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Rational inequalities: both sides are not zero

Sal solves the rational inequality (x-3)/(x+4)≥2. Created by Sal Khan.
Video transcript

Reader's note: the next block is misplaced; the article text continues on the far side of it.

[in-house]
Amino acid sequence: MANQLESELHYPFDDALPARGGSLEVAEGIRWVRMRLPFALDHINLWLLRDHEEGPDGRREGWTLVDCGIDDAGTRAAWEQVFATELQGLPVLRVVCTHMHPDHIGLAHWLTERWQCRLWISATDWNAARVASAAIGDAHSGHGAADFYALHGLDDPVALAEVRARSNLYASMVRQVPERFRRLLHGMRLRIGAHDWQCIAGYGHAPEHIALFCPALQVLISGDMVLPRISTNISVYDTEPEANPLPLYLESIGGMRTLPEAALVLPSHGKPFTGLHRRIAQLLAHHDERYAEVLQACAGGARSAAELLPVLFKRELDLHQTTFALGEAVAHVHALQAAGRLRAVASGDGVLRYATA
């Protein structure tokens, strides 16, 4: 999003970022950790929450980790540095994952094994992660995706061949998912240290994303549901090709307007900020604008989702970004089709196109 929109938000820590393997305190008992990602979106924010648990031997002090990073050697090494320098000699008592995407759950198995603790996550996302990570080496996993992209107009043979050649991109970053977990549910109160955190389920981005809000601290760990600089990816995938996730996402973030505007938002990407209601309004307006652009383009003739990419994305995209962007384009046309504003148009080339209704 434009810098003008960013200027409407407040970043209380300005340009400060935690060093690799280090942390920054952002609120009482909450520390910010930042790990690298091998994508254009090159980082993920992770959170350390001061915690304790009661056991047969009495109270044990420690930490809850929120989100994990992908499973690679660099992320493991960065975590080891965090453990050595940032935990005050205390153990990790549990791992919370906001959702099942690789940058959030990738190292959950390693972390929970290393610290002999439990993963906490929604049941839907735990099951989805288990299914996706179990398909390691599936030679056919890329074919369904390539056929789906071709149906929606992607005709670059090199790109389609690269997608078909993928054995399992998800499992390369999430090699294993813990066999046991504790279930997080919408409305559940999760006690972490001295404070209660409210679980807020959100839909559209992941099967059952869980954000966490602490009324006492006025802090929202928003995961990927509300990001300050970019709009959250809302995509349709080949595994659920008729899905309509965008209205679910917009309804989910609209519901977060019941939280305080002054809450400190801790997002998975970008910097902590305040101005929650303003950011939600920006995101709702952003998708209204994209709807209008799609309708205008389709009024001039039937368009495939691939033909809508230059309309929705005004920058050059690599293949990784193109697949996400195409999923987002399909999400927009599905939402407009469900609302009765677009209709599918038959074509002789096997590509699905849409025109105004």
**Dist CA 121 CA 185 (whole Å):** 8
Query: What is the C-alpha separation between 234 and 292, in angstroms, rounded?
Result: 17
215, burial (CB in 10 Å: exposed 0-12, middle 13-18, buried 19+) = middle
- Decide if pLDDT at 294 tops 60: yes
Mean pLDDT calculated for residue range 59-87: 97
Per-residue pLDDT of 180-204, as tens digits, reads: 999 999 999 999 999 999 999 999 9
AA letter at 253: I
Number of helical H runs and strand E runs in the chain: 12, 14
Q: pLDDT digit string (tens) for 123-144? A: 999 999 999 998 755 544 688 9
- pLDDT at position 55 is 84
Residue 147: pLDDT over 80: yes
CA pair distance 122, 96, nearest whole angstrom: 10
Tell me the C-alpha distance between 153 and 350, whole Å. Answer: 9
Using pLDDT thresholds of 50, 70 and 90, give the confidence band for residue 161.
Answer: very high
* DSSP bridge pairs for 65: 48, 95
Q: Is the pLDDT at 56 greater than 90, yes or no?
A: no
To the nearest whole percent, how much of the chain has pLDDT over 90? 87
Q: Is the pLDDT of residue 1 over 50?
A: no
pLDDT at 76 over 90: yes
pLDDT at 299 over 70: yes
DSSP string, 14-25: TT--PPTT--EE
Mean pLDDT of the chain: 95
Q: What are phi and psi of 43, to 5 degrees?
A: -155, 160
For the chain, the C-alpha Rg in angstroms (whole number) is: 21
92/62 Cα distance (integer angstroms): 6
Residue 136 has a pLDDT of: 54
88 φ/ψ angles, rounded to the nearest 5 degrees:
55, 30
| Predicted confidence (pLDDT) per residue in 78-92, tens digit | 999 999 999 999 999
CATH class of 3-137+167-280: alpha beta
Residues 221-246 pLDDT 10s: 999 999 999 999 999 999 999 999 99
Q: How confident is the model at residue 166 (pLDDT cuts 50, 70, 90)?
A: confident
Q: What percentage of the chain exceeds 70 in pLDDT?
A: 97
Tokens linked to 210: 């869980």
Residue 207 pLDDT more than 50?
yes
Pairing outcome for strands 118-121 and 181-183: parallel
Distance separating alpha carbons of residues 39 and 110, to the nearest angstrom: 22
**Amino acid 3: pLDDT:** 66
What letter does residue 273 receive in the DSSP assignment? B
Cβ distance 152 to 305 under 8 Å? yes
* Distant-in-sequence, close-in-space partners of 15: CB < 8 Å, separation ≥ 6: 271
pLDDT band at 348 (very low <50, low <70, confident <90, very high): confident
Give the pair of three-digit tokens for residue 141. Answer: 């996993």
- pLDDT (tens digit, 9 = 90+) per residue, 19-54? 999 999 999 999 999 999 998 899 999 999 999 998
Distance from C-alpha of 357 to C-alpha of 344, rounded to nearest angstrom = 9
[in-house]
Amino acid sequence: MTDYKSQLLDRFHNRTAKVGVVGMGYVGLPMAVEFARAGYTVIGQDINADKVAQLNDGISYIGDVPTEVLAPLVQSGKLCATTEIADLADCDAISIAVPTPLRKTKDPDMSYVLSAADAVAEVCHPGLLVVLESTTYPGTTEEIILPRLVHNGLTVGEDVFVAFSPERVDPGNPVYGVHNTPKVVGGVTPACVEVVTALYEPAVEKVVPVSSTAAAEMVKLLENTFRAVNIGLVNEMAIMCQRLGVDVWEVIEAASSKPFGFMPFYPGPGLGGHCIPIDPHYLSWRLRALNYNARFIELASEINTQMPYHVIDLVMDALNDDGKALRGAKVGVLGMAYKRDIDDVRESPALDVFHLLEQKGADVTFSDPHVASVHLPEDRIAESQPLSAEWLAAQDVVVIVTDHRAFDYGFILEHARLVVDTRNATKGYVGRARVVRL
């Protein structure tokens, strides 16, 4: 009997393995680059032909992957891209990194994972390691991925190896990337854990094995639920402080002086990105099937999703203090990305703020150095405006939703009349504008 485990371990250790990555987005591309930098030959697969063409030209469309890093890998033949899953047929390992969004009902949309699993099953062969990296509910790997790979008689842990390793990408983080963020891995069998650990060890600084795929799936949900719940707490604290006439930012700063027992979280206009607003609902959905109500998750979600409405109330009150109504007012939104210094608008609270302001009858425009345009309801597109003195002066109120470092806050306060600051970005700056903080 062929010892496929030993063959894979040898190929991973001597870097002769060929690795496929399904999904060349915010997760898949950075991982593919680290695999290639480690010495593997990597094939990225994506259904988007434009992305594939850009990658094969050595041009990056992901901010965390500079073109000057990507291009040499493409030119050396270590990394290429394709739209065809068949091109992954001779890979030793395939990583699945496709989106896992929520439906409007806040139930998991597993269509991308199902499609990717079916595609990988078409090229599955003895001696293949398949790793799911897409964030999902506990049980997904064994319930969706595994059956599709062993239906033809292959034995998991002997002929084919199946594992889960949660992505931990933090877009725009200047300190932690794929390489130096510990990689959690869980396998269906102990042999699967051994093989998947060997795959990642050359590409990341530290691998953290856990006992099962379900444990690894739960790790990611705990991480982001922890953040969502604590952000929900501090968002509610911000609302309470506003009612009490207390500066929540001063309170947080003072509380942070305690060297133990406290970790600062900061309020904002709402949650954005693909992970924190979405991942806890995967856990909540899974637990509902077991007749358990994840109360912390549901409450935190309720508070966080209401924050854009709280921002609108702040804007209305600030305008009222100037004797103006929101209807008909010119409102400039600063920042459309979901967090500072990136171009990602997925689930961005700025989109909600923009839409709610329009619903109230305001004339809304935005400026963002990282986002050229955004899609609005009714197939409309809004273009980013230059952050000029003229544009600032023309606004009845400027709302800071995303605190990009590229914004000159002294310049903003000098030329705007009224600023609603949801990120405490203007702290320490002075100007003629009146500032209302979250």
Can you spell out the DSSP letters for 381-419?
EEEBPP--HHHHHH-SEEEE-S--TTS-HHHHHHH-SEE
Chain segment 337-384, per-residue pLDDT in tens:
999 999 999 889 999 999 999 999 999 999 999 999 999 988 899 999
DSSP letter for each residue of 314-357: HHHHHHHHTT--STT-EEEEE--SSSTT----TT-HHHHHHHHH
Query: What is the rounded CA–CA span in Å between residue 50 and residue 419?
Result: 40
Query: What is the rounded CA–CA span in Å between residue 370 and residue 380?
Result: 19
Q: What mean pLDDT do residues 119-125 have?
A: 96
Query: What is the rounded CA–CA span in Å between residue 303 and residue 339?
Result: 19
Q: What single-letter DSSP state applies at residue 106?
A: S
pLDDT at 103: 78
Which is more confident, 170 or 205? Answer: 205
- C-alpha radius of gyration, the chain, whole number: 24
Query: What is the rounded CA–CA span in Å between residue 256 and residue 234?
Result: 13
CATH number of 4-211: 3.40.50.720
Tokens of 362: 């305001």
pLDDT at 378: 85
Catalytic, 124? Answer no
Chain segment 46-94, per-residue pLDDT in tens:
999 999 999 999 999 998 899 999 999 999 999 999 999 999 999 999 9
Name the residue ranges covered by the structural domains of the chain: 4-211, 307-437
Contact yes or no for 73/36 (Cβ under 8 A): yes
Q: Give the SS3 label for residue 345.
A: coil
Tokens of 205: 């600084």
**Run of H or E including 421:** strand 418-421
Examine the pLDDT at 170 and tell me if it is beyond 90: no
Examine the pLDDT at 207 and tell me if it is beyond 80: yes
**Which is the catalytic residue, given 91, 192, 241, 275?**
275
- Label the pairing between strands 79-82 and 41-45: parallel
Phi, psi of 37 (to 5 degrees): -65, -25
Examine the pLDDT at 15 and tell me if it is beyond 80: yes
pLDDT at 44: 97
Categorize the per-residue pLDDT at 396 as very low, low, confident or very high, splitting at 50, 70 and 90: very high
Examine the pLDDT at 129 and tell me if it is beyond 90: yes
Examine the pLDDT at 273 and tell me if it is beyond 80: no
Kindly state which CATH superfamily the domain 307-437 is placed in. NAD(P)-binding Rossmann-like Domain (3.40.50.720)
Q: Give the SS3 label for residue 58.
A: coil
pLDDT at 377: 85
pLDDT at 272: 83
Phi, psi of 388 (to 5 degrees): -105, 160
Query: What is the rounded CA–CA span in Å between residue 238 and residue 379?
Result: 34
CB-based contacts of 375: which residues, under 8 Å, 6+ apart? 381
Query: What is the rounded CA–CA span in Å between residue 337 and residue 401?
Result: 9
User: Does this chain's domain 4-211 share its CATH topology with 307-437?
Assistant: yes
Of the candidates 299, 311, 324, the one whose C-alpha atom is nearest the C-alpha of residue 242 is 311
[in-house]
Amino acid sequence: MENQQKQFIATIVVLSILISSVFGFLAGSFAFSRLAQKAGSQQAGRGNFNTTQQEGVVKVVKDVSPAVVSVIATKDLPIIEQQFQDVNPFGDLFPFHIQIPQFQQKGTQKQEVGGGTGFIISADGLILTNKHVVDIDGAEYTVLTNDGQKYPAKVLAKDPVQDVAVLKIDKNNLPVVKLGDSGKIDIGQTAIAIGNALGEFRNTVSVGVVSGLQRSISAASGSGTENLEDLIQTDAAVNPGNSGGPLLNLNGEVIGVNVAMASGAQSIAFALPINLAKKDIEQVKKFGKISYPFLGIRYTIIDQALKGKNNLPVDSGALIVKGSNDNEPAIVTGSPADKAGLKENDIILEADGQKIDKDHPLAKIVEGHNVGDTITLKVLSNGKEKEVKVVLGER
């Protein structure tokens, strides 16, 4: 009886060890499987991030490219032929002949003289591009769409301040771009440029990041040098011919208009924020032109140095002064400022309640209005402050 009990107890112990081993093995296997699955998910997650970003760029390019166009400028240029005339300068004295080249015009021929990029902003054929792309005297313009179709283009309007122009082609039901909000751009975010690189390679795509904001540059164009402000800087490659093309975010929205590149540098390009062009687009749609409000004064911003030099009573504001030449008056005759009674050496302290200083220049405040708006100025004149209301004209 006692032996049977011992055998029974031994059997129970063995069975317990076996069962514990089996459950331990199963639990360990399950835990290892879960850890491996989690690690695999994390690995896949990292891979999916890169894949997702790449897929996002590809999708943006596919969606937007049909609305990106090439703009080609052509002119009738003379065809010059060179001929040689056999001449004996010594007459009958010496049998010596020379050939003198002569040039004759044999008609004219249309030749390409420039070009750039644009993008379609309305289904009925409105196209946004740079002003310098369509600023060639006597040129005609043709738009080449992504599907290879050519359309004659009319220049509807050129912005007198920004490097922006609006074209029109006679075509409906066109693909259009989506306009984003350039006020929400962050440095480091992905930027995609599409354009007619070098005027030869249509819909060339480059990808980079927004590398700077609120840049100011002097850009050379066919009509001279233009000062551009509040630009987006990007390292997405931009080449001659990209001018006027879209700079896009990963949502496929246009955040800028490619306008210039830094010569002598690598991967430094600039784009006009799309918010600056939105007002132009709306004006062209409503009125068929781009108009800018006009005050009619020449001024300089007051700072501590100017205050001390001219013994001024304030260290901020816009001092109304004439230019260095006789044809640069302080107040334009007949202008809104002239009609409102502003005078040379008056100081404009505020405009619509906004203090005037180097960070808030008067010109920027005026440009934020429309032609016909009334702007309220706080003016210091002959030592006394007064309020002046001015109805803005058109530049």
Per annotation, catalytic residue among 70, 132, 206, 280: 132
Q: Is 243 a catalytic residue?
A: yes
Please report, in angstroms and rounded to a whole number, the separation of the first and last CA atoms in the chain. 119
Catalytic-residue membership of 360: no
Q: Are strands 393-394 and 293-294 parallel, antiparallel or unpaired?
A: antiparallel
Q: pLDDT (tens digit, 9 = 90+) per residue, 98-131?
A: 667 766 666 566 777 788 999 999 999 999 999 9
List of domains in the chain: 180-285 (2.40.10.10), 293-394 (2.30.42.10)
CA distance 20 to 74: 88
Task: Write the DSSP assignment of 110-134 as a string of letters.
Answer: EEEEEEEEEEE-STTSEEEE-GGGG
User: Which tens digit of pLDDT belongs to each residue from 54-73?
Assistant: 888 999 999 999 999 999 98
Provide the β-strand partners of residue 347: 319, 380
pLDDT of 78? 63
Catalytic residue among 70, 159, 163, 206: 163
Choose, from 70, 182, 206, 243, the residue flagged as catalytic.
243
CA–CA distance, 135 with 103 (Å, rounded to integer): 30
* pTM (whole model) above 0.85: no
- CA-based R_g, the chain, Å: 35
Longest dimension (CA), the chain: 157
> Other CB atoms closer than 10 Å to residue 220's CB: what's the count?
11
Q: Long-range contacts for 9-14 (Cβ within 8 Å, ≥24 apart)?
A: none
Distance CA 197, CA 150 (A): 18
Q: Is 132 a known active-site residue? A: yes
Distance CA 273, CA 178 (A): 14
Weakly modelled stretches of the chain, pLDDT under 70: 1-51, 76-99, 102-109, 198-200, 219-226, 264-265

Let's tackle a slightly harder problem than what we saw in the last video. I have here x minus 3 over x plus 4 is greater than or equal to 2. So the reason why this is slightly harder is I now have a greater than or equal to. And the other thing that makes it slightly harder is I don't just have a simple 0 here, I actually have a 2 here. So I'm going to do this problem the same way. I'm going to do it two ways. I'm going to do the same two ways we did last time, but I'm going to reverse the order of the two ways that I do it. So the first thing I can do, I might be tempted-- let me multiply both sides of this equation times x plus 4. And like we saw in the last video we had to be very careful because we have an inequality here. If x plus 4 is greater than 0 then we're going to keep the inequality the same. If it's less than 0 we're going to swap it. So let's look at those two situations. So one situation is-- let me make it right here. One situation is x plus 4 is greater then 0. And remember, it can ever be equal to 0 because then this expression would be undefined. So let's explore x plus 4 is greater than 0. If we subtract 4 from both sides of this equation this is equivalent to saying-- these are equivalent statements. If we subtract 4 from both sides that x is greater than minus 4. So if we assume that x is greater than minus 4 then x plus 4 is going to be greater than 0. And then when we multiply both sides of this times x plus 4-- let's do that. x minus 3 over x plus 4. You have your 2. We're going to multiply both sides of this times x plus 4. Since we're assuming x is greater than minus 4 or that x plus 4 is greater than 0, we don't have to switch the inequality sign. We're multiplying both sides by a positive. So the inequality stays the same as in our original problem. And the whole reason why we did that is because this and this will cancel out. And then we have 2 times x plus 4. Let's see what we get. x minus 3 is greater than or equal to 2 times x plus 2 times 4, which is 8. And now what can we do? We can subtract x from both sides. We get minus 3 is greater than or equal to x plus 8. I just took x from 2x. And then we can subtract 8 from both sides. So you subtract 8 from both sides. You get minus 3 minus 8 is minus 11 is greater than or equal to x. And of course, then we subtract an 8 so this guy disappears. So if we assume that x is greater than minus 4, then x has to be less than or equal to minus 11. Now that seems a little bit nonsensical. In order for this statement to be true, x has to be both greater than minus 4 and it has to be less than minus 11. Anything greater than minus 4 is going to be greater than minus 11. So there's no x that satisfies this equation. So if we assume that x plus 4 is greater than 0, we just end up with a nonsensical solution. So we can actually ignore that path. There's no situation in which x plus 4 is going to be greater than 0 and we're going to actually have a solution to this equation. So let's assume what happens when x plus 4 is less than 0. I'll do it here. So what happens when x plus 4 is less than 0? And once again, that's an equivalent statement. If we subtract 4 from both sides of this equation to saying that x is less than minus 4. These are equivalent statements. So if we assume that x is less than minus 4, then when we multiply both sides of this equation times x plus 4 and you're multiplying it by x minus 3 over x plus 4. And you have your 2 and you're multiplying that times x plus 4. Since we're taking the other situation where x is less than minus 4, which makes this expression negative-- since we're multiplying both sides of the equation by a negative, we swap the inequality just like that. And let's see what we get. This and this cancel out. And then we get x minus 3 is less than or equal to 2 times x plus 2 times 4, which is 8. And we do the same algebra. Let's subtract x from both sides. We get minus 3 is less than or equal to x plus 8. If we subtract 8 from both sides we get minus 11 is less than or equal to x. If we assume this is negative, we get x has to be less than minus 4. If x is less than minus 4, in order for this equation to hold up, x also has to be greater than minus 11. And this is actually possible. You can have an x, so x has to be-- we can rewrite this-- greater than or equal to minus 11. I just swapped the two sides. And x has to be less than minus 4. And there are x's that satisfy these two constraints. There weren't x's that satisfy these two constraints. Nothing satisfies both of these, but there are things that satisfy both of these. For example, minus 5. Let's draw this on the number line. Let's draw a solution to this problem. Let me keep the problem there. If I draw a number line, I want to switch colors. So we have minus 11. We can be greater than or equal to minus 11. So this is minus 11. And then we have minus 4 over here. Maybe 0 sitting over there. We have to be less than minus 4. Remember, we can ever be equal to minus 4 because that would make this undefined. So we have to be less than minus 4, so we don't include minus 4. We're less than minus 4, but we have to be greater than or equal to 11. So we can't go less than 11, but we include the 11 because this is greater than or equal to. So anything in this, where I've shaded it in-- anything on this range will satisfy that equation over there. Now let's do it the other way. Let's do it where we-- the numerator and denominator both have to be positive or negative. Let's see if we can do the same problem that way. So let me rewrite it down here, maybe in a new color. So the same problem. x minus 3 over x plus 4 is greater than or equal to 2. Now, in order to do that reasoning that I did in the first video, remember the first video I said, well, it's a divided by b is greater than 0. Either both of these are positive or both of these are negative. But this only worked when we had a 0 over here. But we don't have a 0 here we have a 2 so we can't at least immediately do that rationale. But maybe we can if we subtract 2 from both sides of this equation. So let's do that. So you have x minus 3 over x plus 4 minus 2 is greater than or equal to 0. Just subtract a 2 from both sides. I can add or subtract without messing up the inequality. Never have to worry about that. It's only when you multiply by negatives that you swap the inequality. And now, what is this? You know, this doesn't look like a rational expression. But I can rewrite minus 2, right? Minus 2 is the same thing as minus 2 times x plus 4 over x plus 4. This is minus 2 times 1. This is the same thing. And this is the same thing as minus 2x plus-- let me be careful. This is the same thing as minus 2x minus 8 over x plus 4. This right here is the exact same thing as minus 2. I just multiply it times x plus 4 for x plus 4. Let's write it this way because then we can add them. So if we write that way, so I have x minus 3 over x plus 4. And I wrote it that way so I have a common denominator. And then I have plus minus 2x minus 8 over x plus 4 is greater than 0. I have a common denominator. That was my whole point of doing this. And so I have a denominator of x plus 4 and then when you add these two things you get x minus 2x. That's a minus x. And then you have minus 3 minus 8-- that's minus 11-- is greater than 0. So now I simplify the problem into something like this. So there's two situations. Oh, let me be very careful. This was greater than or equal. This must be greater than or equal. Don't want to lose that little equal sign. That was the whole point of this problem. So now I'm ready to operate just like this. Actually, before I even do this, let's get one thing out of the way. Let's be very clear. x can never be equal to minus 4. Because if x is equal to minus 4, this whole statement-- that original problem is undefined. So let's just write that first. You know, we could have written that from the get-go. x cannot be equal to minus 4, for any solution. That will make this expression undefined. Now, we have this and we saw in the first video and we saw right there that there's two situations. Either both of these are positive. So they're either both positive, so minus x minus 11 is greater than or equal to 0. This could be equal to 0. Actually, if this is equal to 0, then this whole thing is going to be true. So either that is greater than or equal to 0 and this right here is greater than 0. It can't be equal to 0. And x plus 4 is greater than 0. That's the situation where both of them are positive. Or they're both going to be less than 0. And I'm running out of space. Or minus x minus 11 is less than or equal to 0. And-- I'll write and like that. And x plus 4 is less than 0. Remember, it can't ever equal 0. So they're either both positive or both negative. That's the only way they we're going to get something. Well, the numerator can be equal to 0 because this thing can equal 0. Or they're both positive to get something positive. Or they're both negative, so that when you divide a negative by a negative you still get something positive. So let's look at these two situations and see if we get any solutions that make sense. So right here, if we add x to both sides of this equation we get minus 11 is greater than or equal to x. Or another way you could say it, is x is less than or equal to minus 11. I just swapped these two sides. And then here, if we add minus 4-- if we subtract 4 from both sides we get x is greater than minus 4. But once again, this makes no sense. There's no way that I can have-- remember there's an and here. Both of these have to be true. There's no x that is greater than minus 4 and less than minus 11. So this right here, there's no constraints. So both of these can never be-- both the numerator and the denominator can never both be positive at the same time because in order for them both to be positive you get an impossible constraint to fill. So let's look at the situation. The other situation is when they are both negative. When both this numerator and this denominator are both negative. Let me be clear. You can't make a statement about these two not being positive. These two things can ever be positive. Remember, because we had to get the 0 here in order to use this logic to begin with. So the fact that when we tried to figure out x's that would make both of these positive, we got a nonsensical, impossible to fill constraint, tells me that both this numerator and this denominator can never both be positive for any given x. Now let's see if they can both be negative. So for both of them to be negative or the numerator could also be equal to 0. If we add x to both sides of this we get minus 11 is less than or equal to x. Or we could say that x is greater than or equal to minus 11 just swapping around. Over here, if we subtract 4 from both sides we have x is less than minus 4. And-- and this is an and. So x has to be greater than or equal to minus 11 or less than minus 4, which is exactly what we came up in the last problem. I can draw the number line again. We have to be greater than or equal to minus 11. So that's minus 11 there. We could be equal to it or greater than, but we have to be less than minus 4. So this is minus 4. We can't even be equal to minus 4, that'll make our denominator undefined or our whole equation undefined. It will make our denominator 0. And so this is our solution set. Anything right here that I've shaded in, including minus 11, but not including minus 4. So if you could get this problem I think you can handle pretty much any rational equation problem. Hope you enjoyed that.